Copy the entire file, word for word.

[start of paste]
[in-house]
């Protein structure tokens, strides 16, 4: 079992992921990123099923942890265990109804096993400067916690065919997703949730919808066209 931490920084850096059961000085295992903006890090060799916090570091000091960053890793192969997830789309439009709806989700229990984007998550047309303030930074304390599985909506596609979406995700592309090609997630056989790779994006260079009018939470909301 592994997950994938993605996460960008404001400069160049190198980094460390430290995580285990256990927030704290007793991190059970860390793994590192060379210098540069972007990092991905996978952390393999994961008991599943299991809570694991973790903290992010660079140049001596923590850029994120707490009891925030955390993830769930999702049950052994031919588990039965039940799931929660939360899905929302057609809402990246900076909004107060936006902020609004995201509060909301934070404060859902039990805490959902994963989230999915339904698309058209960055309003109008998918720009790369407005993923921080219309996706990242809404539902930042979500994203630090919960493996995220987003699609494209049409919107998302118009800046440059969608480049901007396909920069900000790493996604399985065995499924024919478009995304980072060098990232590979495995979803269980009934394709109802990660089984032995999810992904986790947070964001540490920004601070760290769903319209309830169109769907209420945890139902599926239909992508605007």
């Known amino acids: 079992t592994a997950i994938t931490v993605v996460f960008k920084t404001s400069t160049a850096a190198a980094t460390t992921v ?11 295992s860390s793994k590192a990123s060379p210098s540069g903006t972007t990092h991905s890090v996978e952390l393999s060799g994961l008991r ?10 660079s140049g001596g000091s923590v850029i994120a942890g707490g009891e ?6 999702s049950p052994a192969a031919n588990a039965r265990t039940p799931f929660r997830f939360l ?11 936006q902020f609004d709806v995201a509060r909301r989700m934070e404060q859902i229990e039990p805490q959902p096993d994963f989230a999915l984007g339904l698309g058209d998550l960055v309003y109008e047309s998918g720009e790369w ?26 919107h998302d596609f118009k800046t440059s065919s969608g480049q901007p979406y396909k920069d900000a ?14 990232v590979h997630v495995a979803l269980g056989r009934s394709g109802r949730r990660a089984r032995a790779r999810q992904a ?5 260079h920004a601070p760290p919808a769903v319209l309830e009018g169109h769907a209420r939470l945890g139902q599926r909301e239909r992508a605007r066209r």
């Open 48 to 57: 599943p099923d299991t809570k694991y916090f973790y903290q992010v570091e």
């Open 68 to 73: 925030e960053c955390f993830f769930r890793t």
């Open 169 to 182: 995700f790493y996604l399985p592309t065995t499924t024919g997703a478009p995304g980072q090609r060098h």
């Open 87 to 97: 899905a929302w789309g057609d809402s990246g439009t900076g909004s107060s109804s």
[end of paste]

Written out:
[in-house]
């Protein structure tokens, strides 16, 4: 079992992921990123099923942890265990109804096993400067916690065919997703949730919808066209 931490920084850096059961000085295992903006890090060799916090570091000091960053890793192969997830789309439009709806989700229990984007998550047309303030930074304390599985909506596609979406995700592309090609997630056989790779994006260079009018939470909301 592994997950994938993605996460960008404001400069160049190198980094460390430290995580285990256990927030704290007793991190059970860390793994590192060379210098540069972007990092991905996978952390393999994961008991599943299991809570694991973790903290992010660079140049001596923590850029994120707490009891925030955390993830769930999702049950052994031919588990039965039940799931929660939360899905929302057609809402990246900076909004107060936006902020609004995201509060909301934070404060859902039990805490959902994963989230999915339904698309058209960055309003109008998918720009790369407005993923921080219309996706990242809404539902930042979500994203630090919960493996995220987003699609494209049409919107998302118009800046440059969608480049901007396909920069900000790493996604399985065995499924024919478009995304980072060098990232590979495995979803269980009934394709109802990660089984032995999810992904986790947070964001540490920004601070760290769903319209309830169109769907209420945890139902599926239909992508605007």
């Known amino acids: 079992t592994a997950i994938t931490v993605v996460f960008k920084t404001s400069t160049a850096a190198a980094t460390t992921v ?11 295992s860390s793994k590192a990123s060379p210098s540069g903006t972007t990092h991905s890090v996978e952390l393999s060799g994961l008991r ?10 660079s140049g001596g000091s923590v850029i994120a942890g707490g009891e ?6 999702s049950p052994a192969a031919n588990a039965r265990t039940p799931f929660r997830f939360l ?11 936006q902020f609004d709806v995201a509060r909301r989700m934070e404060q859902i229990e039990p805490q959902p096993d994963f989230a999915l984007g339904l698309g058209d998550l960055v309003y109008e047309s998918g720009e790369w ?26 919107h998302d596609f118009k800046t440059s065919s969608g480049q901007p979406y396909k920069d900000a ?14 990232v590979h997630v495995a979803l269980g056989r009934s394709g109802r949730r990660a089984r032995a790779r999810q992904a ?5 260079h920004a601070p760290p919808a769903v319209l309830e009018g169109h769907a209420r939470l945890g139902q599926r909301e239909r992508a605007r066209r």
């Open 48 to 57: 599943p099923d299991t809570k694991y916090f973790y903290q992010v570091e």
């Open 68 to 73: 925030e960053c955390f993830f769930r890793t």
């Open 169 to 182: 995700f790493y996604l399985p592309t065995t499924t024919g997703a478009p995304g980072q090609r060098h």
């Open 87 to 97: 899905a929302w789309g057609d809402s990246g439009t900076g909004s107060s109804s």